Non--Organ-Specific Autoantibodies in Children with Chronic Hepatitis C: Clinical Significance and Impact on Interferon Treatment

Muratori, Paolo; Muratori, Luigi; Verucchi, Gabriella; Attard, Luciano; Bianchi, Francesco B.; Lenzi, Marco
November 2003
Clinical Infectious Diseases;11/15/2003, Vol. 37 Issue 10, p1320
Academic Journal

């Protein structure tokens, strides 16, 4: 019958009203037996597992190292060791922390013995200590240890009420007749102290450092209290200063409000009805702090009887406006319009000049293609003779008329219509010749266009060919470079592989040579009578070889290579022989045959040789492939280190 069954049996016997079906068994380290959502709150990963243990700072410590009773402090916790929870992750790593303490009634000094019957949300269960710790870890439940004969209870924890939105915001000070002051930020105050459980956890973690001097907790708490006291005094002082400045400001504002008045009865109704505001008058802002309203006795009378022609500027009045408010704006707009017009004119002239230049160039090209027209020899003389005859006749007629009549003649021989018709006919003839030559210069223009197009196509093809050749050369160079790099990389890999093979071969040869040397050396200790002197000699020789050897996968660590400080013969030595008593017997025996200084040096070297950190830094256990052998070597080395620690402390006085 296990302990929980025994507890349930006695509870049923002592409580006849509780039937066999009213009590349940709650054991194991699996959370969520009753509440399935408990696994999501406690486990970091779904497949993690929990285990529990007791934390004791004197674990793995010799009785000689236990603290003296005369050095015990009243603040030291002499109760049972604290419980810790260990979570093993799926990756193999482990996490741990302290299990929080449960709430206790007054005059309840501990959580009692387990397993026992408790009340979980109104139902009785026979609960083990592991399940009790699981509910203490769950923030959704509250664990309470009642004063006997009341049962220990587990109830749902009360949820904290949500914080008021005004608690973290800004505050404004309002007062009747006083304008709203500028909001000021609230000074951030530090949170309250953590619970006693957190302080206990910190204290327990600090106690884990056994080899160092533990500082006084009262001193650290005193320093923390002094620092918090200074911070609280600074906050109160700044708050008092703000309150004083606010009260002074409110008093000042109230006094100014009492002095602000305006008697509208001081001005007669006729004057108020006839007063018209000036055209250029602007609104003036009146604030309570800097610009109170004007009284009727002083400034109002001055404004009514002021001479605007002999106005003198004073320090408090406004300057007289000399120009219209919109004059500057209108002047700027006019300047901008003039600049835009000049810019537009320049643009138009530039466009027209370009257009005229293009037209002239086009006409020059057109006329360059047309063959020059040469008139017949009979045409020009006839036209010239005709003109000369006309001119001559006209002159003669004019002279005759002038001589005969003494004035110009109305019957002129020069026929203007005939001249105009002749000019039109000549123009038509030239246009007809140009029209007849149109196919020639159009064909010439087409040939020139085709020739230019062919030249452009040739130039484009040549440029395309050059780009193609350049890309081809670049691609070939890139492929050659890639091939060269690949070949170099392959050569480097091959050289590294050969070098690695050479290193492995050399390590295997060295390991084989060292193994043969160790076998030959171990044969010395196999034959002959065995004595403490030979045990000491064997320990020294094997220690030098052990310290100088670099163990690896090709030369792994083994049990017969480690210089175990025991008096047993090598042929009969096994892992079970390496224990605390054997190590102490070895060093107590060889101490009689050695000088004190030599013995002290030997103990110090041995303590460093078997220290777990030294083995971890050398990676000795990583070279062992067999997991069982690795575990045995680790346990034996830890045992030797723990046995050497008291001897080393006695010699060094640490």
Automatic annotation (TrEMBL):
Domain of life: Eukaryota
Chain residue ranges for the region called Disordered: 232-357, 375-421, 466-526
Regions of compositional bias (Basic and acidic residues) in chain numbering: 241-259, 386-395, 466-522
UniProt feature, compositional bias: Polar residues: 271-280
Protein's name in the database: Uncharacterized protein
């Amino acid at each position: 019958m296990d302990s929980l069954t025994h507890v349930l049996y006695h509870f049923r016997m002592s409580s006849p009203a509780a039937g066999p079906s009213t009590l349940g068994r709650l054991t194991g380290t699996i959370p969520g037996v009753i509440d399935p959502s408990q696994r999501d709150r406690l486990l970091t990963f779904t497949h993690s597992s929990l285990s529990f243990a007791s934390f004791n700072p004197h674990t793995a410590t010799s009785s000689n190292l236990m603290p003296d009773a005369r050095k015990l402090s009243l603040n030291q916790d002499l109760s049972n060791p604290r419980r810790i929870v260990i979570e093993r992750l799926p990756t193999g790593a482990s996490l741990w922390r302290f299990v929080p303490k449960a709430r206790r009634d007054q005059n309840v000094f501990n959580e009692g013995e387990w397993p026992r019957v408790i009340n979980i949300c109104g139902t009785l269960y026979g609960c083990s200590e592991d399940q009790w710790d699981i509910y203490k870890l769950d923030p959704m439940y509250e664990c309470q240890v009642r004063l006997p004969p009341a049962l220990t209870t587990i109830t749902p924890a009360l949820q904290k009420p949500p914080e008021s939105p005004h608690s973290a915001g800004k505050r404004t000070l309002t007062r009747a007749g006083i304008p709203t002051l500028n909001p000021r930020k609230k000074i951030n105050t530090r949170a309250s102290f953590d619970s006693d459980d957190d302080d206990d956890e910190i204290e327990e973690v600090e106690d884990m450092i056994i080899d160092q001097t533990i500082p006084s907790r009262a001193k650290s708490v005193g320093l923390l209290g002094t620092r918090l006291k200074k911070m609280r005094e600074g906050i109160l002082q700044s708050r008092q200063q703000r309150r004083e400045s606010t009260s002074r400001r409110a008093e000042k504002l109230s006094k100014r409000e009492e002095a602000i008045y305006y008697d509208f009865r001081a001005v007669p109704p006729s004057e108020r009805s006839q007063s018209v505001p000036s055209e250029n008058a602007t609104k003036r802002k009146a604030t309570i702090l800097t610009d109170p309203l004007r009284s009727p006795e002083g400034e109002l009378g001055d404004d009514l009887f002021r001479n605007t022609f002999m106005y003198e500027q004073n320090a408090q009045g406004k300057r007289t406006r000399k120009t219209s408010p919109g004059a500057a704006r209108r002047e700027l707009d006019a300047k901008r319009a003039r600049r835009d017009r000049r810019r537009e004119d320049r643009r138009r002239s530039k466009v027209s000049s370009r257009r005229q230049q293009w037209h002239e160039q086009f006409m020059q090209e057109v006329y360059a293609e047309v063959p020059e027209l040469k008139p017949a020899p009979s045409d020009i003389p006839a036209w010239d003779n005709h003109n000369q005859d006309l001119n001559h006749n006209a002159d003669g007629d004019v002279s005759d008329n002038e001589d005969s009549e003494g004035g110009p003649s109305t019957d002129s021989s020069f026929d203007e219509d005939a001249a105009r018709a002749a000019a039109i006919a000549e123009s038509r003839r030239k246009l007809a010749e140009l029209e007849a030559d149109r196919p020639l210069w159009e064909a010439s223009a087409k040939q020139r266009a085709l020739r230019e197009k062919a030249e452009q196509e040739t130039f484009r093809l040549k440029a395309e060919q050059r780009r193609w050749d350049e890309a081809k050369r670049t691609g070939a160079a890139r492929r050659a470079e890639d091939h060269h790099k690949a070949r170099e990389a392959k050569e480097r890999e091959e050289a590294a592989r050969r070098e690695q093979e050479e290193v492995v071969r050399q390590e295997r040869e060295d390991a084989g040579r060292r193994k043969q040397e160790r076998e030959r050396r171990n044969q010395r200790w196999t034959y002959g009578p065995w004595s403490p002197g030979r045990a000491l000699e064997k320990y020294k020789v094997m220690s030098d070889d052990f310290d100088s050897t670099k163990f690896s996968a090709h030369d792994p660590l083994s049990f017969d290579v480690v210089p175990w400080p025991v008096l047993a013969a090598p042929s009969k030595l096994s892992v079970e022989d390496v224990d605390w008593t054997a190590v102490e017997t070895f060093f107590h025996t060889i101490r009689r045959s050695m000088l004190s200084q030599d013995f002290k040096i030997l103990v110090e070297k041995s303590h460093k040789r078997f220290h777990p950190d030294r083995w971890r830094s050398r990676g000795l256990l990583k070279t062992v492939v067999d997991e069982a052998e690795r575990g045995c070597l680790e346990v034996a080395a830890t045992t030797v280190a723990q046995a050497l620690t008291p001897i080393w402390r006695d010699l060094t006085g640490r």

We evaluated the prevalence and clinical significance of non­organ-specific autoantibodies (NOSAs) in 47 hepatitis C virus (HCV)­positive children with abnormal alanine transaminase levels and analyzed the association between NOSAs and virus level, genotype, human leukocyte antigen status, and interferon (IFN) response. Forty-two hepatitis B virus (HBV)­positive children and 25 age- and sex-matched healthy children served as control subjects. NOSAs were found in 34% of the HCV­positive children, 12% of the HBV­positive controls, and none of the healthy control subjects. Liver-kidney microsomal antibody type 1 (LKM1) was detected in 11% of the HCV­positive children but in none of the controls. The HCV load was significantly higher in NOSA-negative than in NOSA-positive children. HCV genotype distribution and human leukocyte antigen alleles were similar, irrespective of NOSA status. Long-term response to IFN therapy was achieved by 18% of the NOSA-positive and 55% of the NOSA-negative subjects. Two LKM1-positive children developed acute, self-limited hepatocellular necrosis while receiving IFN therapy. NOSAs are frequently present in children with hepatitis C, who are less likely to benefit from IFN therapy.


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